Tuesday, February 7, 2023

Rain of Starlings in Iran

Every spring, migratory starlings head to Russia and end up in Aral Sea; however, they won’t arrive in there this year as they die on their way across Iran.

The photographers of Russian newspapers Izvestia and Rossiyskaya Gazeta prepare their reports on the arrival of migratory starlings to this country each year in early February.

This year, however, the reports were delayed for a few days, as the starlings didn’t arrive in Aral Sea on time or died on the way, according to a Farsi report by Mehr.

The starlings, departing from the south to arrive in their homeland, Russia, in the middle spring, fall on the ground for unknown reasons. This is very tangible for the residents of Shahroud, Iran: they see one or two dead starlings every time they open the doors of their houses. If you walk across the one-kilometre Mowlavi Street of Shahrud- one of the greenest in the town- you can see the carcasses of 15 to 20 starlings along the way.

Interestingly, cats don’t eat the corpse of these beautiful, small birds, and this arouses suspicion about their illness.

Rain of Starlings Will Go on

“Starlings exist almost throughout Iran and include several subspecies,” explained Elham Tabassi, an environment graduate and activist.

“Only 18cm in length, the starlings are found only in the northern hemisphere,” she noted. “They come from Siberia to southern Iran in September, and come back in the spring. They pass through Shahroud and some other cities on their way.”

“The rain of starlings will go on,” she noted, mentioning that the phenomenon was first reported by a citizen in late January before spreading through the town.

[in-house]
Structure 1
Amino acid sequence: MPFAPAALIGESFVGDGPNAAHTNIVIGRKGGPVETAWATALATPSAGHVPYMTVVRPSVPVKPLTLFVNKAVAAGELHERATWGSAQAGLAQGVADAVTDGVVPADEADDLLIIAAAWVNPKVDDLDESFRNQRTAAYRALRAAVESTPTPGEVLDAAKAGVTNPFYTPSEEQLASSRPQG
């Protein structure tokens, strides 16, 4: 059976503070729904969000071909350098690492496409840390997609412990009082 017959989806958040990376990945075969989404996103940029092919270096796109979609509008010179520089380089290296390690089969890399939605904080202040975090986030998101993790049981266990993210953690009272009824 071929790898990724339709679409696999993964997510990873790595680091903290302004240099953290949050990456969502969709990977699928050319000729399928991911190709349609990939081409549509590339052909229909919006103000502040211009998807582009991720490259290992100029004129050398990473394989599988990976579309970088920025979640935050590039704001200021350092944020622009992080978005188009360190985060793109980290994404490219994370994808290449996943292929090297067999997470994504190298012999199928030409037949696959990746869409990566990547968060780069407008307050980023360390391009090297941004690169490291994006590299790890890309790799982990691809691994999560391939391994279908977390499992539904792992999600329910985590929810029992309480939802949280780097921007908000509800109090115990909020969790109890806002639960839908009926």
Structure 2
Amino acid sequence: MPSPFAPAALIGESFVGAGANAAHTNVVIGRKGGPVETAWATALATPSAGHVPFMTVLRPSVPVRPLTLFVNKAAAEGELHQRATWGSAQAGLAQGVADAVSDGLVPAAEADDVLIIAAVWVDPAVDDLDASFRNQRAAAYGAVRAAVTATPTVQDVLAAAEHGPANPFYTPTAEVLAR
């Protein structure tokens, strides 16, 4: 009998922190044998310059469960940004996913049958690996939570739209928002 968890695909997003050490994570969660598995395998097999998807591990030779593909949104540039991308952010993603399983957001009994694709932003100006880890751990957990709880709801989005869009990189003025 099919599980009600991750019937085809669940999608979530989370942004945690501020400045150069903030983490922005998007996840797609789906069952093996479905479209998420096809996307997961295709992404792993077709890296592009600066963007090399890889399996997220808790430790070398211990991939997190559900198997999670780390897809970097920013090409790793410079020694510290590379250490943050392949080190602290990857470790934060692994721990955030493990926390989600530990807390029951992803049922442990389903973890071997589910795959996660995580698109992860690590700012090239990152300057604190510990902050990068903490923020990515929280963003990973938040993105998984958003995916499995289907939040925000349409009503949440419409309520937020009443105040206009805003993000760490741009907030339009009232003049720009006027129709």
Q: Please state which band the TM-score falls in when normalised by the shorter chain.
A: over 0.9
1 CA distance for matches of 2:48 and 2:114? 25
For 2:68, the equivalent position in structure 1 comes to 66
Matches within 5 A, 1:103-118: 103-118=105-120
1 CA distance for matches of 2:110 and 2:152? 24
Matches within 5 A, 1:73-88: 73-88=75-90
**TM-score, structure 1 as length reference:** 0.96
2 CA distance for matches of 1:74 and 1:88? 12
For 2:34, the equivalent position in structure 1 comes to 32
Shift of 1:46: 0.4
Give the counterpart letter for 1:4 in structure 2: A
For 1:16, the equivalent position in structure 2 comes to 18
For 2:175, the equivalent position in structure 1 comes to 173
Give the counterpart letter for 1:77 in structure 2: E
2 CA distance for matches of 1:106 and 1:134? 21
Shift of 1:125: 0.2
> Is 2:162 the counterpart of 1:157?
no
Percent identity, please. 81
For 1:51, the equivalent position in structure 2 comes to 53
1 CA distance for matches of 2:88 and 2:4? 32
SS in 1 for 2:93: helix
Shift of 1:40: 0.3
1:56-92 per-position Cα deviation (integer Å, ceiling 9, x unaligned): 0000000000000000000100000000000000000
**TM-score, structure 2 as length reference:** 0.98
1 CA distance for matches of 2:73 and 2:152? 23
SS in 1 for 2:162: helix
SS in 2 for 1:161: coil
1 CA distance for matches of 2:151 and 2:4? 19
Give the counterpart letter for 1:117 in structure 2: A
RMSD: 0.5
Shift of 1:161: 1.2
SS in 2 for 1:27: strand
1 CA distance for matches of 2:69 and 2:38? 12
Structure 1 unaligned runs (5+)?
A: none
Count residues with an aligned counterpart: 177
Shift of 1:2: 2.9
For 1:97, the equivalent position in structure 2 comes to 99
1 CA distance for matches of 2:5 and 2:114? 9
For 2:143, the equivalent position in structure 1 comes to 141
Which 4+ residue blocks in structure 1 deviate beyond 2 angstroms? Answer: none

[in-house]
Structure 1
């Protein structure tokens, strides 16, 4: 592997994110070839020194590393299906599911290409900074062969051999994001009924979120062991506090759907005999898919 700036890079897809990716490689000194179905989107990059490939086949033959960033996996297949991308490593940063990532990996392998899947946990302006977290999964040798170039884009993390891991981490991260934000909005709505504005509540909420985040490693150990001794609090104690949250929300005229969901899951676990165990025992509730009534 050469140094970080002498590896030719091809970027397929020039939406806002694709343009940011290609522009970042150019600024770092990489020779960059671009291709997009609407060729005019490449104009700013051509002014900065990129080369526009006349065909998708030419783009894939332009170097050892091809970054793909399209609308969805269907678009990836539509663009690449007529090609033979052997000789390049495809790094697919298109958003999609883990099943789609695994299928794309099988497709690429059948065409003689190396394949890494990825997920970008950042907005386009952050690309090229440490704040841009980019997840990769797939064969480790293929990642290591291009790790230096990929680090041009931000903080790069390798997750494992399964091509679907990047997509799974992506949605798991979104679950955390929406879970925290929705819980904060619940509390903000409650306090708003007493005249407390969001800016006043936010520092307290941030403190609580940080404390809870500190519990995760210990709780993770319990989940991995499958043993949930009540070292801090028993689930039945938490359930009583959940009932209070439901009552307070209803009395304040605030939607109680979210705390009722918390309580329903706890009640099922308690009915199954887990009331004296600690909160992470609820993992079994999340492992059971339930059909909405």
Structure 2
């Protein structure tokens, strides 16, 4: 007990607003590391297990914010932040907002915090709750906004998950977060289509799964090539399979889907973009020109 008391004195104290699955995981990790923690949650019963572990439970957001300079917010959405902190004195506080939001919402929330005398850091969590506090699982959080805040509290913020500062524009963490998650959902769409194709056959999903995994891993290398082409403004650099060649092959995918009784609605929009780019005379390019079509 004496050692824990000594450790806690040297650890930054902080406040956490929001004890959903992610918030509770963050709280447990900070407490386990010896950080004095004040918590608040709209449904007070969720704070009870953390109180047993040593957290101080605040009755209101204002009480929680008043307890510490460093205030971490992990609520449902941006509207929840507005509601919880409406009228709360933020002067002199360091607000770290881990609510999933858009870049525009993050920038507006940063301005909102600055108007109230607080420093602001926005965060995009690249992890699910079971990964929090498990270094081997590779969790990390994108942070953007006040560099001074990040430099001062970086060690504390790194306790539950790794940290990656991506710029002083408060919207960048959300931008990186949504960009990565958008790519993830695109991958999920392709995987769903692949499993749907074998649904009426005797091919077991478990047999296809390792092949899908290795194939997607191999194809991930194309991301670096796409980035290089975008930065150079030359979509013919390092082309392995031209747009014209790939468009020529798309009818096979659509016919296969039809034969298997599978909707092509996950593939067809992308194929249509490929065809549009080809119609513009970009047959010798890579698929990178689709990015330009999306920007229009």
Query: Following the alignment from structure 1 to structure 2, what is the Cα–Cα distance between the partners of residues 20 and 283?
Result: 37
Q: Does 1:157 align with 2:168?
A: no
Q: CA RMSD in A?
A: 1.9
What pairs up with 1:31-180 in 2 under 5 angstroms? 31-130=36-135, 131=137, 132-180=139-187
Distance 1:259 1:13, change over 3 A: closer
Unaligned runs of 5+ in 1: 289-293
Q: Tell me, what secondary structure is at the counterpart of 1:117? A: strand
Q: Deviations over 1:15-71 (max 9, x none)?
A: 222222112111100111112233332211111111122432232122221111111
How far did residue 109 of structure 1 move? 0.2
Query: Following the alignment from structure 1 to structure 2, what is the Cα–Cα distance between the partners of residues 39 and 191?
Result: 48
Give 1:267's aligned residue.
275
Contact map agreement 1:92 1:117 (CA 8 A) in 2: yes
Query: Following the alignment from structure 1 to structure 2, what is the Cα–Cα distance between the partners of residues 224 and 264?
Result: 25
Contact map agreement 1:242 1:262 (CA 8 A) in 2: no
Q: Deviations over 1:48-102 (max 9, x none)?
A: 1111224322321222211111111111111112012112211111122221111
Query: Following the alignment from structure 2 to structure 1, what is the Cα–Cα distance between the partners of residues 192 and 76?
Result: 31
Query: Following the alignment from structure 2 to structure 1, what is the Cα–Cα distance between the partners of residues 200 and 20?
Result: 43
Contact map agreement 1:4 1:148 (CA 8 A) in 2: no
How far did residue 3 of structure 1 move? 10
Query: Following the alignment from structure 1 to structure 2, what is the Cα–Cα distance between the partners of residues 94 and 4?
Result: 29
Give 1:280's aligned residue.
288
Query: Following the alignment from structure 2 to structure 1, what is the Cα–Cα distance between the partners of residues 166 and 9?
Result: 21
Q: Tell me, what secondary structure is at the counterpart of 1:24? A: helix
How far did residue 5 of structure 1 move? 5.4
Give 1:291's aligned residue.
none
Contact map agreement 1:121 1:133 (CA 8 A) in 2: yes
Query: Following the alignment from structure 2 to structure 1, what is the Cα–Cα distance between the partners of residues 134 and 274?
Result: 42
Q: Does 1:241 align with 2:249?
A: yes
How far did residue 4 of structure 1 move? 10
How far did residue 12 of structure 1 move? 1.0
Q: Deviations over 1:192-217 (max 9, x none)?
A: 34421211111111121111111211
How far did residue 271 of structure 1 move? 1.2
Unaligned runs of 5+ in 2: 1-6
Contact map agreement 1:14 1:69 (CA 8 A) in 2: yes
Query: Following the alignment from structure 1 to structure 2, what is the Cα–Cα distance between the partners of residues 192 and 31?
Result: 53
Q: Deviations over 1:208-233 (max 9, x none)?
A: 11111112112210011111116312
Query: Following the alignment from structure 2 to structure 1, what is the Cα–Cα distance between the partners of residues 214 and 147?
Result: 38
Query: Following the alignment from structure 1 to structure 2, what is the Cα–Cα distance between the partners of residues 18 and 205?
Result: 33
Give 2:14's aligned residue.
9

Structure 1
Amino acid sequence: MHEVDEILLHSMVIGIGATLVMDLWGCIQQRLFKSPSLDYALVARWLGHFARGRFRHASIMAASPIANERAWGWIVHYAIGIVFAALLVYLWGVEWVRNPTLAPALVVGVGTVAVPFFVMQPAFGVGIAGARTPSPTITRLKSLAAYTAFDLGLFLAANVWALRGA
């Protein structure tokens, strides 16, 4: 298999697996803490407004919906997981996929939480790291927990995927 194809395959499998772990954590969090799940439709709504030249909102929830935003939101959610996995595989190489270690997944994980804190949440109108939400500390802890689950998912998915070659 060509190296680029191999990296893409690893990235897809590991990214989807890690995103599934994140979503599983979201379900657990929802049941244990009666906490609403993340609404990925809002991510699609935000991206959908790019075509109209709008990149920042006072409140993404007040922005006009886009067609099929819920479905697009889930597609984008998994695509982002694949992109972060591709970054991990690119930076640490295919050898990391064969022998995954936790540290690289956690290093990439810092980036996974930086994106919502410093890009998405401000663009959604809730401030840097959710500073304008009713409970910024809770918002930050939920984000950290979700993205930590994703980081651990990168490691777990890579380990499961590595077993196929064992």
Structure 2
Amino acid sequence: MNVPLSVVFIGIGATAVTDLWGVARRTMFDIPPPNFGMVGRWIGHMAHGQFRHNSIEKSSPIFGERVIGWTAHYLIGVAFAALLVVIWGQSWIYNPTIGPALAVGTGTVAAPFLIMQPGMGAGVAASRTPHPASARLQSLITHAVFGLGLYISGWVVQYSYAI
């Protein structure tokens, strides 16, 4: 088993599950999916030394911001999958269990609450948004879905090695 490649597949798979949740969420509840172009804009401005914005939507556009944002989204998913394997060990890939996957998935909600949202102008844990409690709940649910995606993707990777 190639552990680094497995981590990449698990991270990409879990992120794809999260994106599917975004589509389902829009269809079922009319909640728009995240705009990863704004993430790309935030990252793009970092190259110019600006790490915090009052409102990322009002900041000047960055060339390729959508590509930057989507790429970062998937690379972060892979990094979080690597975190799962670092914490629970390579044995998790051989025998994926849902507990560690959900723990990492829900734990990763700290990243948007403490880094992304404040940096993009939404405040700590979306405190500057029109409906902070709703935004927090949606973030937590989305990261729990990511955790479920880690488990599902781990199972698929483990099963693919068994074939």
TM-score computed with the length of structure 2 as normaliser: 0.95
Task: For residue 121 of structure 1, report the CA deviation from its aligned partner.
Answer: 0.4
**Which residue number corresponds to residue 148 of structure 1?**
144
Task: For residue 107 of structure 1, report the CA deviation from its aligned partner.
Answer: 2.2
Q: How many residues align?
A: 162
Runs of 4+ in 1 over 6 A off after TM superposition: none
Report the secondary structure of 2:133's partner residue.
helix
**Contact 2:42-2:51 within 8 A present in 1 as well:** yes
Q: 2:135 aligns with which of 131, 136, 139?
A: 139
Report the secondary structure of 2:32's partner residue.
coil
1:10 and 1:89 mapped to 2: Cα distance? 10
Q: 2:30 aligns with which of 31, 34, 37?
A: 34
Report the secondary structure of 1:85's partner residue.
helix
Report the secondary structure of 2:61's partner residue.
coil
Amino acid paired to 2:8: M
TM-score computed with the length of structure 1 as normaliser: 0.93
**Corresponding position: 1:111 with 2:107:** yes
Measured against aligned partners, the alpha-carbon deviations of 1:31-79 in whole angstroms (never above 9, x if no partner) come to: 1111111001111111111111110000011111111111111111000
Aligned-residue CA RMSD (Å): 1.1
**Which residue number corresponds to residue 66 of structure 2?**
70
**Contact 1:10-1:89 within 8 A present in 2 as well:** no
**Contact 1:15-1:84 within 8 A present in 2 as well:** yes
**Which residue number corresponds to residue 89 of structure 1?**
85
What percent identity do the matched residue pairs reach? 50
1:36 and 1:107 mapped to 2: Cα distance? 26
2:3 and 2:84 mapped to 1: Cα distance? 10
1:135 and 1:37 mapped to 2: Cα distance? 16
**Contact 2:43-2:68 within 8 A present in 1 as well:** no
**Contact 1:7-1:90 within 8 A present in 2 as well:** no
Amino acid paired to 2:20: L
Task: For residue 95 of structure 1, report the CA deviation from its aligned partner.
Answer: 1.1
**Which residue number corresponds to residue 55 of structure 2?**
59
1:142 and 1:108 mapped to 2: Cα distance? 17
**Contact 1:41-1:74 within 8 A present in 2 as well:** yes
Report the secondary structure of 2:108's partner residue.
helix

“I started my research by sampling three starling carcasses. Unfortunately, the cause of their death is still unknown,” she added. “The avian influenza is highly probable, as the Director General of Semnan province Veterinary Medicine had warned about it in December. We should wait until the Veterinary Office announces the final results.”

“Why does the body of starlings dry up in less than a second?” she asked.


No Cure for Starlings

“The diagnosis can be partially made using clinical symptoms, but we should also bear autopsy and para clinical actions in mind,” said Hamideh Mohammadi, a vet.

“Unfortunately, in my opinion, there is no cure for the starlings,” she added, “As they migrate in very large numbers, it is impossible to drug them. We only can clean the polluted areas.”

“People must refrain from touching the birds’ carcasses until the cause of death is found.”

An employee of Semnan Veterinary Office believes that the migratory birds used to die in previous years as well.

“It is natural. The cause isn’t the influenza, but the quite cold weather.”

However, Kamalifar, a faculty member at University of Tehran, says “it is ridiculous to suggest that the cold temperature is the cause of starlings’ death.”

“The starlings spend six months a year in Russia and the Balkans, and stay in their flat plains. The feather texture of starlings indicates that they are inhabitants of cold climate. So it is odd to announce the cold temperature as the cause of starlings’ death, it is like saying that the arctic foxes are dead due to the arctic climate!”


“I have not carried out any research on the starling carcasses, so I cannot say for sure if the cause of their death was influenza or another illness.”

“I was informed of the issue after receiving some phone calls and emails from my colleagues in different cities,” Kamalifar added. “There were some cases of starling death in those cities as well.”

The death of migratory birds is no new phenomenon in Shahroud; but why is the cause still unknown?

The starlings, these little birds, fly together in flocks with tens of thousands of members, performing an elegant dance across the indigo sky. However, the people who used to be happy to watch the dance of starlings are in doubt and fear today as they see the apparently ill starling carcasses.

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